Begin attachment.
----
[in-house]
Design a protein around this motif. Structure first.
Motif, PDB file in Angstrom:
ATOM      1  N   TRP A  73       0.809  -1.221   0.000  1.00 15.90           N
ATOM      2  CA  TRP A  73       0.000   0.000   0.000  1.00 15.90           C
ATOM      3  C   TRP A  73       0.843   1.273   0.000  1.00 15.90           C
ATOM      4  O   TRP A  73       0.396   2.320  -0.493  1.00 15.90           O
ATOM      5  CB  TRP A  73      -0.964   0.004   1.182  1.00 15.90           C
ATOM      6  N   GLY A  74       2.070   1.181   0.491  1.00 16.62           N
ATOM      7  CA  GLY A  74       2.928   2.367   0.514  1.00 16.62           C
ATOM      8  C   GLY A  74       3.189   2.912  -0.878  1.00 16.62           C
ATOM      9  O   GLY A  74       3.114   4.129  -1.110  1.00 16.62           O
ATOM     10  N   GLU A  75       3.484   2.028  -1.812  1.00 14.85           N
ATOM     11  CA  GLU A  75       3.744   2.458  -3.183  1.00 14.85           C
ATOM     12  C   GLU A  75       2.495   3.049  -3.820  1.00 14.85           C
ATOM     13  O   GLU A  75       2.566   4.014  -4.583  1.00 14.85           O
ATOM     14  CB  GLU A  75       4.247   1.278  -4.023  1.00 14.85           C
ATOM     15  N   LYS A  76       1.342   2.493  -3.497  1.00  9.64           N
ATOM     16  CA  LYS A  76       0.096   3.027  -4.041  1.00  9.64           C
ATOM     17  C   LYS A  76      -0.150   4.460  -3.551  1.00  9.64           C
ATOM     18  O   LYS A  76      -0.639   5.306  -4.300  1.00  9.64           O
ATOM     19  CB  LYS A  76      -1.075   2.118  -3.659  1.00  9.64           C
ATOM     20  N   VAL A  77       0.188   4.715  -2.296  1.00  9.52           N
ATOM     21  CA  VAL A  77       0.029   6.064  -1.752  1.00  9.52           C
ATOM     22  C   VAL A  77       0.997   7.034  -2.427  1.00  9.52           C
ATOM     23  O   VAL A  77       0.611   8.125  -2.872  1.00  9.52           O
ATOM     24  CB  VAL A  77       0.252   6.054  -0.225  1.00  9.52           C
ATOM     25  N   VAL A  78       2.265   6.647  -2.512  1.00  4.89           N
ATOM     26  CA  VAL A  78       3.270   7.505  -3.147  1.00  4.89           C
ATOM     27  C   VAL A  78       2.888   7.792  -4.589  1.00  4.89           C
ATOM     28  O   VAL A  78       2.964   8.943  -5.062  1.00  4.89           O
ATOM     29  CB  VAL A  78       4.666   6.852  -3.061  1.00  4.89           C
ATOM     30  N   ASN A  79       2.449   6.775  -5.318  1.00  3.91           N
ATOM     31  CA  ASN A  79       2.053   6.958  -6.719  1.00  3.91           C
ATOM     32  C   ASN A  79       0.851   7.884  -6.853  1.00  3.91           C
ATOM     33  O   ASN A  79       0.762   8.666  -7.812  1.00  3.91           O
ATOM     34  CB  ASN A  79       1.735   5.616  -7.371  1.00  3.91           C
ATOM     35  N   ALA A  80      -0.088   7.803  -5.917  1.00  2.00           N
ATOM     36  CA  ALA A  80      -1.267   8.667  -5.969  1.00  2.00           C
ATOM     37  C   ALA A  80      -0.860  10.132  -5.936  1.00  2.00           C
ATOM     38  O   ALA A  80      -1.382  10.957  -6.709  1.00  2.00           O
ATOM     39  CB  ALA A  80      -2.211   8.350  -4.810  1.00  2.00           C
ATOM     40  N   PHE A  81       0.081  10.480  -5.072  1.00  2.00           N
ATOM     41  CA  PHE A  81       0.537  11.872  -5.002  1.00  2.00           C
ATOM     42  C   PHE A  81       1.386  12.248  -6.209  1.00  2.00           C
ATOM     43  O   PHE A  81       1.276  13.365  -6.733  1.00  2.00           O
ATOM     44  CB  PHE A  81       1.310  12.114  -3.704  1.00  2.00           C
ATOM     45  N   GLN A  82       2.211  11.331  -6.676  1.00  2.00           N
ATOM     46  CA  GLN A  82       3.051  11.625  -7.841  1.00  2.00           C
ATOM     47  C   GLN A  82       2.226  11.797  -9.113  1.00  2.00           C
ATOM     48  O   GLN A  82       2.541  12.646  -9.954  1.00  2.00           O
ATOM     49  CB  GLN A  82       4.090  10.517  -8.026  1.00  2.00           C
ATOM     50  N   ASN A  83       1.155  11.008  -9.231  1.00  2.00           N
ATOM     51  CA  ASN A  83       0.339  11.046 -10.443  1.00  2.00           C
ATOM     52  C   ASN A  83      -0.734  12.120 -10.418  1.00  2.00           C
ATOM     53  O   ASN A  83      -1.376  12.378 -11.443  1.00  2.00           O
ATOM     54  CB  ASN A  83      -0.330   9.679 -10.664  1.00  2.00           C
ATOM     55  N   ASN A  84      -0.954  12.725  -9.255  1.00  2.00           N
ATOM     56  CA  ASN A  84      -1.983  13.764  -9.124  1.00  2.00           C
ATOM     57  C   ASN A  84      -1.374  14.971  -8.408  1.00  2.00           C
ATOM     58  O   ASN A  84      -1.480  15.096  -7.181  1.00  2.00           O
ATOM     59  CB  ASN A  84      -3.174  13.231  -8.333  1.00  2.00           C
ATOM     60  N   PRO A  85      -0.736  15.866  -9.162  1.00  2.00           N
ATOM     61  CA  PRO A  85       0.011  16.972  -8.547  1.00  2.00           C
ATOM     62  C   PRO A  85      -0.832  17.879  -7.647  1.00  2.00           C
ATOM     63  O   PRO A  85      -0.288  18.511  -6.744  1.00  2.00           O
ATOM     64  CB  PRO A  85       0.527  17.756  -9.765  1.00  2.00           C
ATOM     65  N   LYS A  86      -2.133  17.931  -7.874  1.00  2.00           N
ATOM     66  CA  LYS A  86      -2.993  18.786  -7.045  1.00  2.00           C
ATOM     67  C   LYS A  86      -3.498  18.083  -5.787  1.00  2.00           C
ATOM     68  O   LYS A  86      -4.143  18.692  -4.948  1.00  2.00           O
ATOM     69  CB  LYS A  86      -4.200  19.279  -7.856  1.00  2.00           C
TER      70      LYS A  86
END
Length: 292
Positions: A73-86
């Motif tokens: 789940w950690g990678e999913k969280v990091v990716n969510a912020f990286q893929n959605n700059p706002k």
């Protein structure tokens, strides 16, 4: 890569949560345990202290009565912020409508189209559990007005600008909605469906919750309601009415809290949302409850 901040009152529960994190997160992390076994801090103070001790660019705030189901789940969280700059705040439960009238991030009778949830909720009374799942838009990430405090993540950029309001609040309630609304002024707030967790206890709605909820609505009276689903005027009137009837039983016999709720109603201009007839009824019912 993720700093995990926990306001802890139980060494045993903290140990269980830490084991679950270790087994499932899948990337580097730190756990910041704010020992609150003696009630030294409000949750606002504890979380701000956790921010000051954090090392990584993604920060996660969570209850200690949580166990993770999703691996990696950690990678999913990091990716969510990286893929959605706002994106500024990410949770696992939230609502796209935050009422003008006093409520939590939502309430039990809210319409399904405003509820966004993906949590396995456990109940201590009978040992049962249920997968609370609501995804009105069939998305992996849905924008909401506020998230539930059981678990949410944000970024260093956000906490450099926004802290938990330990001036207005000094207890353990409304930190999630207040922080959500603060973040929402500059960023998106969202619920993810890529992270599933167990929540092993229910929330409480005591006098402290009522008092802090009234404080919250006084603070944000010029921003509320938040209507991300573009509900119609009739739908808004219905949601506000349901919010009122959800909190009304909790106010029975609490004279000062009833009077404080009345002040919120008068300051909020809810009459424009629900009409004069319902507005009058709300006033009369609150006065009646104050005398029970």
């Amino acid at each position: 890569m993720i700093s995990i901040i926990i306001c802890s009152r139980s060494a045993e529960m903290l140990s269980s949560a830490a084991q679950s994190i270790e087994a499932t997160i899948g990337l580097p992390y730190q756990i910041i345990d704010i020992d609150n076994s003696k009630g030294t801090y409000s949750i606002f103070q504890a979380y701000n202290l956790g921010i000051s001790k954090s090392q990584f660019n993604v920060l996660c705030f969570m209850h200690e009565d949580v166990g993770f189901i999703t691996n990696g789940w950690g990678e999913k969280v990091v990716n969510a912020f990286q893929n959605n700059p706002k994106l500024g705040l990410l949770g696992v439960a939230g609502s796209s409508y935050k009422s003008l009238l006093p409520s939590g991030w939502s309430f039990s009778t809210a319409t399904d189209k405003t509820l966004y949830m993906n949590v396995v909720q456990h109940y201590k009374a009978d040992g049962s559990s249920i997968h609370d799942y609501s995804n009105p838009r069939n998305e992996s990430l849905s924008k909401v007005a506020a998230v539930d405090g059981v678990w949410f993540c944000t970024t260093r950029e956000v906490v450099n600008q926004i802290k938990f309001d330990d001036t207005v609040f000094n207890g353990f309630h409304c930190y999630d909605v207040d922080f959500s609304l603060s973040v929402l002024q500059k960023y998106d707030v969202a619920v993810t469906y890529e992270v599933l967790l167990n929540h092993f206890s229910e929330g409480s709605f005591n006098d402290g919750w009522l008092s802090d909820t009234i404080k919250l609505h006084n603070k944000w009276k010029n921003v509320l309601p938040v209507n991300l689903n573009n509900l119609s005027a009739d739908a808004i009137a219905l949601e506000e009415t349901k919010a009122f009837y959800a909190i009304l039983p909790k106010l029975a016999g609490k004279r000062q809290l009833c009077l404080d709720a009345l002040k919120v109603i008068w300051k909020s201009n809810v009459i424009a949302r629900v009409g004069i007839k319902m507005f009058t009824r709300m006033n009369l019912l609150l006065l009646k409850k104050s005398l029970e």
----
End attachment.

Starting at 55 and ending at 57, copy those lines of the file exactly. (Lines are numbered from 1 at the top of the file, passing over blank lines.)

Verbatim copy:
ATOM     52  C   ASN A  83      -0.734  12.120 -10.418  1.00  2.00           C
ATOM     53  O   ASN A  83      -1.376  12.378 -11.443  1.00  2.00           O
ATOM     54  CB  ASN A  83      -0.330   9.679 -10.664  1.00  2.00           C